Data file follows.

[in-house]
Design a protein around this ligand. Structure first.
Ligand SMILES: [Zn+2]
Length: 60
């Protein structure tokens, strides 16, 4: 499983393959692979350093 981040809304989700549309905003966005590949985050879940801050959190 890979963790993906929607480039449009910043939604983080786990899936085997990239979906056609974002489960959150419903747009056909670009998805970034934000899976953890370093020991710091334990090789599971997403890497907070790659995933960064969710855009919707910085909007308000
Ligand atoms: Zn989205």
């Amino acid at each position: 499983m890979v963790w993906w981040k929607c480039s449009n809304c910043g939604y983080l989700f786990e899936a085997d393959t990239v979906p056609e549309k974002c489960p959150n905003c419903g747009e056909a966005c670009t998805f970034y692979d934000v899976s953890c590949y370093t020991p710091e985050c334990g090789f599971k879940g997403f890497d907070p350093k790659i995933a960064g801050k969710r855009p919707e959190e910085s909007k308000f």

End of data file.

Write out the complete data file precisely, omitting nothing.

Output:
[in-house]
Design a protein around this ligand. Structure first.
Ligand SMILES: [Zn+2]
Length: 60
């Protein structure tokens, strides 16, 4: 499983393959692979350093 981040809304989700549309905003966005590949985050879940801050959190 890979963790993906929607480039449009910043939604983080786990899936085997990239979906056609974002489960959150419903747009056909670009998805970034934000899976953890370093020991710091334990090789599971997403890497907070790659995933960064969710855009919707910085909007308000
Ligand atoms: Zn989205």
């Amino acid at each position: 499983m890979v963790w993906w981040k929607c480039s449009n809304c910043g939604y983080l989700f786990e899936a085997d393959t990239v979906p056609e549309k974002c489960p959150n905003c419903g747009e056909a966005c670009t998805f970034y692979d934000v899976s953890c590949y370093t020991p710091e985050c334990g090789f599971k879940g997403f890497d907070p350093k790659i995933a960064g801050k969710r855009p919707e959190e910085s909007k308000f």